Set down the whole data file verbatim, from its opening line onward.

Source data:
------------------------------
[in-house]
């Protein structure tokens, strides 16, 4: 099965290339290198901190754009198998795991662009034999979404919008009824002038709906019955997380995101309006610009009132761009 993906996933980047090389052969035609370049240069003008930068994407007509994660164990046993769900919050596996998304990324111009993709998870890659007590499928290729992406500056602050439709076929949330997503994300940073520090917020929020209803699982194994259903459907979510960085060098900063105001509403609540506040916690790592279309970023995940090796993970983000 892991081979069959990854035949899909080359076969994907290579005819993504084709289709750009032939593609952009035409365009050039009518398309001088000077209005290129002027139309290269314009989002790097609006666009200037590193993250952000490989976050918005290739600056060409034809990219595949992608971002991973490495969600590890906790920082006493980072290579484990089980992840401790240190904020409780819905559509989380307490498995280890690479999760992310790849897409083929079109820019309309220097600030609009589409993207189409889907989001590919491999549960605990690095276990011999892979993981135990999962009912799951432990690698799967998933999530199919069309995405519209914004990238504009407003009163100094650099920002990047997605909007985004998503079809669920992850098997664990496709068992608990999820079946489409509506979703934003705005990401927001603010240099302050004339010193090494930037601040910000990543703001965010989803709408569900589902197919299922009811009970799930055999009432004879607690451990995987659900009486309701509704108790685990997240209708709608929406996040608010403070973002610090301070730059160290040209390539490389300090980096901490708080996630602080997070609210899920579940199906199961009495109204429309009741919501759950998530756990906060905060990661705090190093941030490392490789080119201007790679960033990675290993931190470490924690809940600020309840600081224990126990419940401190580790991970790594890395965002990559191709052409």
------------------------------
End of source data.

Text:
[in-house]
């Protein structure tokens, strides 16, 4: 099965290339290198901190754009198998795991662009034999979404919008009824002038709906019955997380995101309006610009009132761009 993906996933980047090389052969035609370049240069003008930068994407007509994660164990046993769900919050596996998304990324111009993709998870890659007590499928290729992406500056602050439709076929949330997503994300940073520090917020929020209803699982194994259903459907979510960085060098900063105001509403609540506040916690790592279309970023995940090796993970983000 892991081979069959990854035949899909080359076969994907290579005819993504084709289709750009032939593609952009035409365009050039009518398309001088000077209005290129002027139309290269314009989002790097609006666009200037590193993250952000490989976050918005290739600056060409034809990219595949992608971002991973490495969600590890906790920082006493980072290579484990089980992840401790240190904020409780819905559509989380307490498995280890690479999760992310790849897409083929079109820019309309220097600030609009589409993207189409889907989001590919491999549960605990690095276990011999892979993981135990999962009912799951432990690698799967998933999530199919069309995405519209914004990238504009407003009163100094650099920002990047997605909007985004998503079809669920992850098997664990496709068992608990999820079946489409509506979703934003705005990401927001603010240099302050004339010193090494930037601040910000990543703001965010989803709408569900589902197919299922009811009970799930055999009432004879607690451990995987659900009486309701509704108790685990997240209708709608929406996040608010403070973002610090301070730059160290040209390539490389300090980096901490708080996630602080997070609210899920579940199906199961009495109204429309009741919501759950998530756990906060905060990661705090190093941030490392490789080119201007790679960033990675290993931190470490924690809940600020309840600081224990126990419940401190580790991970790594890395965002990559191709052409």